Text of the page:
After the heat of summer, it is a challenge to get all the cows cleaned up and ready for calving. The girls have been creating mud holes to stand in during the heat of the day. They control their body heat through their horns and hooves, so mud feels good. During that cooling time, they get mud up to their bellies and we try to clean up tummies, udders, and tails before the babies arrive.
If you were aware of Liberty and Loretta’s sale, the buyer was evidently just a scammer. Once the sale was over, he did not respond to any of my attempts to contact him. So, Liberty and Loretta have been chilling out here and auditing the halter class. Clearly they are only cooperating because of the snacks the participants get for good behavior.
Southeast Highland Show and Sale
Don’t miss this big event in Gray, TN, at the Appalachian Fairgrounds.
October 20 and 21, 2023.
Here is the link for more information: https://www.sehighlands.com/
The Virtual Highland Cattle Show 2023
Each year, the Highland Cattle Breeders Group (International) holds a virtual Highland cattle show. The cattle are judged by a well known Highland Cattle Judge who ranks the first four places in each class. After that judging is completed, but before winners are announced, the voting is open to the membership.
If you are interested in participating, join the FB group: Highland Cattle Breeders Group (International) and then visit https://www.virtualcattleshow.com/ to see the entries from around the globe. Winners will be announced in mid to late October.
Here are photos of a few of the Elm Hollow submissions from this year. We’d appreciate your support in the people’s choice. This is a fun competition, not a cutthroat must-win show. Just enjoy seeing the beautiful coos.
The last one is an entry I submitted for Magic’s new owner because his transition is taking place so near the deadline for entry. We plan to enter a few more, but have not taken the photos yet.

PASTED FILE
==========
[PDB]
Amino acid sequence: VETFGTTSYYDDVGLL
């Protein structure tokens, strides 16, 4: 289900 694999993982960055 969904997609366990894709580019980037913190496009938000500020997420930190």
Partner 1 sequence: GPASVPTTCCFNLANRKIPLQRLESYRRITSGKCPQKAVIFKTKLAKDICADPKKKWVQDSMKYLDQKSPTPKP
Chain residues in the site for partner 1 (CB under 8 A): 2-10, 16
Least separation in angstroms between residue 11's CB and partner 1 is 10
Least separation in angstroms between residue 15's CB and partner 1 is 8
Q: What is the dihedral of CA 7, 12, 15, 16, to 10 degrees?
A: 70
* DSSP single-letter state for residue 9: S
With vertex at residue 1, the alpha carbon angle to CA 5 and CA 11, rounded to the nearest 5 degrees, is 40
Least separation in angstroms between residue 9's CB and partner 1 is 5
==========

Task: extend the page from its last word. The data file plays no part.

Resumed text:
This is off topic, but I bring it up because I don’t want anyone to think I’m ignoring questions. I hate the META platform. It is extremely difficult for me to use. I managed to communicate with the old Facebook, but now they have too many rules.
Because of the all the fouls and the bickering comments that are posted it has become impossible to communicate in comments. My preferred means of communication is email because I can use a keyboard instead of trying to do one letter at a time on my phone, which often fills in words that make no sense. If you want to be sure and get a response, please use my email: [email protected]
Are You Thinking About Buying a Cow or Calf From Us?
When I’m asked about the availability of calves or cows, I respond with dozens of questions because it is important that I know a bit about your farm. Where are you located? If you are nearby, you might want to schedule a farm tour to meet the calves!
- Do you have other cattle so a calf would have an age-appropriate companion? Highlands are herd animals and must have a companion. A steer is the perfect companion for a heifer, bull, or another steer. Without a companion, a calf will be frightened and may not behave the way you expect.
- Do you have a facility where you and your veterinarian can safely work on a coo when that is needed (and it will be needed)? Facilities vary in complexity and price. An effective squeeze need not be extremely expensive.
- Do you have a large-animal vet in your area?
- What is your pasture like? Is shade and fresh water readily available?
- What will be the purpose of Highlands for you? Breeding, beefing, pasture ornament/pet?
I need all this information to be sure that the calf and the buyer are well matched. Although I ask about your experience with cattle, I understand the learning curve. When we bought our first Highland, neither of us had ever owned a cow! We chose Highlands after reading about their hardiness and docile temperament. My thinking was that they are hardy enough to survive our inexperience and docile enough that we will survive if we do something wrong. Highlands are truly a wonderful breed for a beginner in the bovine world.